[OPE-L] (Fwd) New WB book - required reading for Zoellick and his enemies

From: Patrick Bond (pbond@MAIL.NGO.ZA)
Date: Mon Jun 11 2007 - 13:20:27 EDT

The World Bank:
Poverty, Development and Global Hegemony

Edited by David Moore, published by University of KwaZulu-Natal Press,
South Africa (June 2007)

ISBN 978 1 86914 100 4


David Moore, Economic History and Development Studies, University of
KwaZulu-Natal, South Africa
Introduction: The World Bank and its Presidents: Sheepskinned Wolves or
Naked Emperors?

I. Ideas and Hegemony

1) David Moore, Economic History and Development Studies, University of
KwaZulu-Natal, South Africa
The World Bank and the Gramsci Effect: Towards a Transnational State and
Global Hegemony?

2) Scott Macwilliam, Centre for Development Studies, Australian National
University, Australia
Plenty of Poverty or the Poverty of Plenty? The World Bank at the Turn
of the Millennium

3) David Williams, Political Science, Oxford University
Constructing the Economic Space: The World Bank and the Making of Homo

4) Ben Fine, Economics, School of African and Oriental Studies
The Developmental State is Dead – Long Live Social Capital?

5) Thomas Wanner, Flinders University, Australia
The Bank’s Greenspeak, the Power of Knowledge and Sustainable Development

II Constructing Hegemony: Politics and States

6) Susanne Schech and Sanjugta vas Dev, Centre for Development Studies,
Flinders University, Austgralia
Governing Through Participation? The World Bank’s New Approach to the Poor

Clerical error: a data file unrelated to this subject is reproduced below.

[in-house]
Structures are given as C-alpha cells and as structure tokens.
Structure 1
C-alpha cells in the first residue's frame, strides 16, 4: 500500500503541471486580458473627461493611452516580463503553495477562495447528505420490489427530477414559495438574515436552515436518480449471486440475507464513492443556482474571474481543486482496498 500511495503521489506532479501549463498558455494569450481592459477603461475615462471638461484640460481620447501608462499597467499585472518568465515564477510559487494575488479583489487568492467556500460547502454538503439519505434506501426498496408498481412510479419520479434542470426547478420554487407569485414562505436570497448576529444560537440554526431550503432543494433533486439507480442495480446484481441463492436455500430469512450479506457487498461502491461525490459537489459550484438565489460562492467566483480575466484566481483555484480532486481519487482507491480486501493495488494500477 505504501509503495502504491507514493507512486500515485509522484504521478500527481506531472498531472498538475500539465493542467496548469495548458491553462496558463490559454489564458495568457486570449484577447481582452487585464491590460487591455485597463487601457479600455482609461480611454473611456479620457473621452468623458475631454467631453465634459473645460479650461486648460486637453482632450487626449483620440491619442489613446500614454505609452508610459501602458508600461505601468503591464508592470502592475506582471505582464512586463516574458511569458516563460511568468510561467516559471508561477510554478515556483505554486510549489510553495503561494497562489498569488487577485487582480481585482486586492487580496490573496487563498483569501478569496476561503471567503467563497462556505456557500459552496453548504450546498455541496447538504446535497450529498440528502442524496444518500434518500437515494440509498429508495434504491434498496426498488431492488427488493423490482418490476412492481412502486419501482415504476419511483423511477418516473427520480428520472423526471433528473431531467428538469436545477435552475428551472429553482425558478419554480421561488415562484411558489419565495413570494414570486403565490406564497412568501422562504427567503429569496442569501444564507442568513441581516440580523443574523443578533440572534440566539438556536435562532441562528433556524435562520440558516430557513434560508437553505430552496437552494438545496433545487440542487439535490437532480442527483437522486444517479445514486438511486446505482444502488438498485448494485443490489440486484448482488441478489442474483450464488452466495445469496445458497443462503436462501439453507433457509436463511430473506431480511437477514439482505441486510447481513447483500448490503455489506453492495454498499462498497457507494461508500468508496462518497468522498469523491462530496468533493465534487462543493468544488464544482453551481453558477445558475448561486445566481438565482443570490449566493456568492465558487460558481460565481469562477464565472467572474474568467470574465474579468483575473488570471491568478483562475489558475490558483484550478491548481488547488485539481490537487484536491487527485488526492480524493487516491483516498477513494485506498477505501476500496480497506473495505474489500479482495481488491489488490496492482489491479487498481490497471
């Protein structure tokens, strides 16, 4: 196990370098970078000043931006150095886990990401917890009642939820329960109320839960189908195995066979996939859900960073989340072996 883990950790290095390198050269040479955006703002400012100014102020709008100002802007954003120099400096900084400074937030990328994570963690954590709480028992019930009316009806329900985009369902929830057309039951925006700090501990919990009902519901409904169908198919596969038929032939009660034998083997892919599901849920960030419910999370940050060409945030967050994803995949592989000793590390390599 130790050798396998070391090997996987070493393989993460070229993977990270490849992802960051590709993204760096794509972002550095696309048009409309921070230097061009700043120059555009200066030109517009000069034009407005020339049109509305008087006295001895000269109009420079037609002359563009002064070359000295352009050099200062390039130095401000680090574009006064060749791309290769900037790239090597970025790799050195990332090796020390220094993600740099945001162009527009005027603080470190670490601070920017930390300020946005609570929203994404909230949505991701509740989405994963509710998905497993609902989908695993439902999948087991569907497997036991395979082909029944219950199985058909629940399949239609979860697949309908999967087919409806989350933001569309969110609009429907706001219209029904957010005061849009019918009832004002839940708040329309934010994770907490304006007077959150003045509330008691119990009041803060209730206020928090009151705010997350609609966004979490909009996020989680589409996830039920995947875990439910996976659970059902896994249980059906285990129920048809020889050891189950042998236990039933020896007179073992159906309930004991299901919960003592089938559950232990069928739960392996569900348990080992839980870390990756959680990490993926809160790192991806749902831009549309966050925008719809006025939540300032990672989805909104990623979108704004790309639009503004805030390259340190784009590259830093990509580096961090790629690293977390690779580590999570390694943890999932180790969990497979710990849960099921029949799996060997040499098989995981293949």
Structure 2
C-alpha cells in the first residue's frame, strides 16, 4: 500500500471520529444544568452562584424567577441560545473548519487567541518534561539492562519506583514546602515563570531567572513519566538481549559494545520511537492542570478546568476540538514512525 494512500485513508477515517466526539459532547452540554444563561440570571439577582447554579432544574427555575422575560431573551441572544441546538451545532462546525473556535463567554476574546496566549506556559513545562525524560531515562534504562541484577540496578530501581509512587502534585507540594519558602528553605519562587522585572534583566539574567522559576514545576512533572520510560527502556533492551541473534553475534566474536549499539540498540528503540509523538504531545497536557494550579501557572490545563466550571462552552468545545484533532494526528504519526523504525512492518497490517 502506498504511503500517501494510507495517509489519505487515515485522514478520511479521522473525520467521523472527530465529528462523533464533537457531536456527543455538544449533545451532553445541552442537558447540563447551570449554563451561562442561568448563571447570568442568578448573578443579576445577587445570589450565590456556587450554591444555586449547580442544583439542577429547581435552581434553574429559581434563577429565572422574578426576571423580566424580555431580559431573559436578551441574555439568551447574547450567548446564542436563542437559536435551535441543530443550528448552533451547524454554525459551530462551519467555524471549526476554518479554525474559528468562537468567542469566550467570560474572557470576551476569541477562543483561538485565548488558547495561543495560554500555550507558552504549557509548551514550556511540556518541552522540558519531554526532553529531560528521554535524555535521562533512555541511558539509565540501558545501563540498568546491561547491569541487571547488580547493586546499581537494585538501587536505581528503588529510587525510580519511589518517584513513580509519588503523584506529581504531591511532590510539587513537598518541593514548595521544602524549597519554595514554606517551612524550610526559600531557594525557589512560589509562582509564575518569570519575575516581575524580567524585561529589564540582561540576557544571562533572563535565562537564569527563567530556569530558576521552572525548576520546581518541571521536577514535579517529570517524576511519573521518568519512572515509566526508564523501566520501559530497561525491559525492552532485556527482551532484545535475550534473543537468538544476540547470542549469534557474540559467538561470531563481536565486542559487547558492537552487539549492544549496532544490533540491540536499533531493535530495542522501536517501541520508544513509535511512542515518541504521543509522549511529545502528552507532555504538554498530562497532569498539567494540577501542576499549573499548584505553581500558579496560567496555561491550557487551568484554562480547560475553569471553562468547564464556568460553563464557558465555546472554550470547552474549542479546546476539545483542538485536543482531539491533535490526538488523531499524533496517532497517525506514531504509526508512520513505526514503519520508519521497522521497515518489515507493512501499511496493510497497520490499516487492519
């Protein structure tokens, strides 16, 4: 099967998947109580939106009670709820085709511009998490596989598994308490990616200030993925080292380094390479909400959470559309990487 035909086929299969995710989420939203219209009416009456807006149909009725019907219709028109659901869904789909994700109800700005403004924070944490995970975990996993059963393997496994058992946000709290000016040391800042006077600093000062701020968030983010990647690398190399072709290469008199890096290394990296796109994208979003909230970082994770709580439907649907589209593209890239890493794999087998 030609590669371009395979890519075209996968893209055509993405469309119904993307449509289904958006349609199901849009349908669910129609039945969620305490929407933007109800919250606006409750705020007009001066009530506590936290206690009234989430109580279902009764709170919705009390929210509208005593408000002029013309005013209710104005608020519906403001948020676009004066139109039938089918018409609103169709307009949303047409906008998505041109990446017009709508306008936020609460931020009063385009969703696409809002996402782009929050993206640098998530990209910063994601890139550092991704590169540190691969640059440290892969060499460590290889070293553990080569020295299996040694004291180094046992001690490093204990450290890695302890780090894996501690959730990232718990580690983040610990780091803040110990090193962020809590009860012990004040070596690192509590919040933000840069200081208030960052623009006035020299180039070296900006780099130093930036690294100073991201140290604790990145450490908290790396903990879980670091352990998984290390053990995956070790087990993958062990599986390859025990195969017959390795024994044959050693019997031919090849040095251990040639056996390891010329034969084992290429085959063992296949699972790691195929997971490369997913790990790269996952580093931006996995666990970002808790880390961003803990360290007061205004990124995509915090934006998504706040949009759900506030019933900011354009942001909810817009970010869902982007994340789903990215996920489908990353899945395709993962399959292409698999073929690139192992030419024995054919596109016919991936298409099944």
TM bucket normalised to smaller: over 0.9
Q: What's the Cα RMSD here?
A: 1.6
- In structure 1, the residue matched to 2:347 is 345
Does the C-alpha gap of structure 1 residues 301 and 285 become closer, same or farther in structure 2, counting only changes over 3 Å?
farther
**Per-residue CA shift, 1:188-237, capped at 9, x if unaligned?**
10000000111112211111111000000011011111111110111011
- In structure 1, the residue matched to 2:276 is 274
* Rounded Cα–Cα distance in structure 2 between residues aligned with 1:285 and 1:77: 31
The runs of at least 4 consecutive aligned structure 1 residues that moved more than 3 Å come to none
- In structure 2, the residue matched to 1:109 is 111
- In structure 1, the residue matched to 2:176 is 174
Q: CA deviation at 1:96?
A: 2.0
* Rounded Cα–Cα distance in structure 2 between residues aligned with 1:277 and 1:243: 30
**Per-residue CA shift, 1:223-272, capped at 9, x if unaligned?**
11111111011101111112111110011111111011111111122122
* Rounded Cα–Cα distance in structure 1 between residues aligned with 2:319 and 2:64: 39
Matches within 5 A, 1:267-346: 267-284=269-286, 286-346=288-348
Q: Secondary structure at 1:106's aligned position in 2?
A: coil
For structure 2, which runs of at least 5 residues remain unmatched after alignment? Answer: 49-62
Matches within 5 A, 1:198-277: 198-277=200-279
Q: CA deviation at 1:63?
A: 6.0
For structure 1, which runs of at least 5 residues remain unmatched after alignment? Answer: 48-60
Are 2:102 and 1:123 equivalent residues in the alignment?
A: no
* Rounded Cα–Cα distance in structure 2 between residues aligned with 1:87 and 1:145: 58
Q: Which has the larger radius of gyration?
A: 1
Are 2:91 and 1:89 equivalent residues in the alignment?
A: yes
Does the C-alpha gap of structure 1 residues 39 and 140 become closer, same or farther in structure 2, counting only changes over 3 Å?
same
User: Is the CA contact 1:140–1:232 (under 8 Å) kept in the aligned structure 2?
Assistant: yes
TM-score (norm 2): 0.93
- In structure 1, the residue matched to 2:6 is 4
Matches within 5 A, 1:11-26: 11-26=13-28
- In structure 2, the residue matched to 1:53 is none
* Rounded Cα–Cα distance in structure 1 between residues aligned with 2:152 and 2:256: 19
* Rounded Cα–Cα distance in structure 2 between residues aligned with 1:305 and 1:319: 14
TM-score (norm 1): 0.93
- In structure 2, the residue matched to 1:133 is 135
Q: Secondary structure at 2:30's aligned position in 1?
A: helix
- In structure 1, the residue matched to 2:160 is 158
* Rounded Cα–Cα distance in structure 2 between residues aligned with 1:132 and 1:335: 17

7) David Williams and Tom Young, Politics, Oxford University and School
of Oriental and African Studies
The World Bank and the Liberal Project

8) David Moore, Economic History and Development Studies, University of
KwaZulu-Natal, South Africa
“Sail On, O Ship of State:” Neo-liberalism, Globalisation and the
Governance of Africa

III. Towards Hegemony in Asia and Africa

9) Robert Wade, London School of Economics
Debating the East Asian Miracle

10) Mark T. Berger and Mark Beeson, Modern History and Politics,
University of New South Wales, Australia
Miracles of Modernisation and Crises of Capitalism: The World Bank, East
Asian Development and Liberal Hegemony”

11) Henry Bernstein, Development Studies, School of Oriental and African
Studies, Britain
Structural Adjustment and African Agriculture: A Retrospect

12) Graham Harrison, Politics, University of Sheffield, Britain
The World Bank and the Construction of Governance States in Africa

13) David Moore, Economic History and Development Studies, University of
KwaZulu-Natal, South Africa
Levelling the Playing Fields and Embedding Illusions: “Post-Conflict”
Discourse and Neo-liberal “Development” in War-torn Africa

IV. Critique, Challenge and Change

14) Richard Pithouse, Centre for Civil Society, University of
KwaZulu-Natal, South Africa
Producing the Poor: The World Bank’s New Discourse of Domination

15) Marcus Taylor and Susanne Soederberg, International Development
Studies, Queen’s University, Canada
The King is Dead (Long Live the King?) - From Wolfensohn to Wolfowitz at
the World Bank

16) Patrick Bond, School of Development Studies and Centre for Civil
Society, University of KwaZulu-Natal, South Africa
Civil Society and Wolfowitz’s World Bank: Reform or Rejection Revisited



As the World Bank goes through its sixth decade and its opponents 
continue with the slogan '(how ever many) years are enough' it is time 
to gather the last decade and a half's radical analytical assessments of 
the world's most visible development institution. They must be assessed 
and reassessed, and new critiques must be built on their shoulders. This 
is the intention of this book. Some of the works that must be considered 
classical are here reproduced in their pristine state, others of that 
genre have been revisited by their authors, more are refinements of the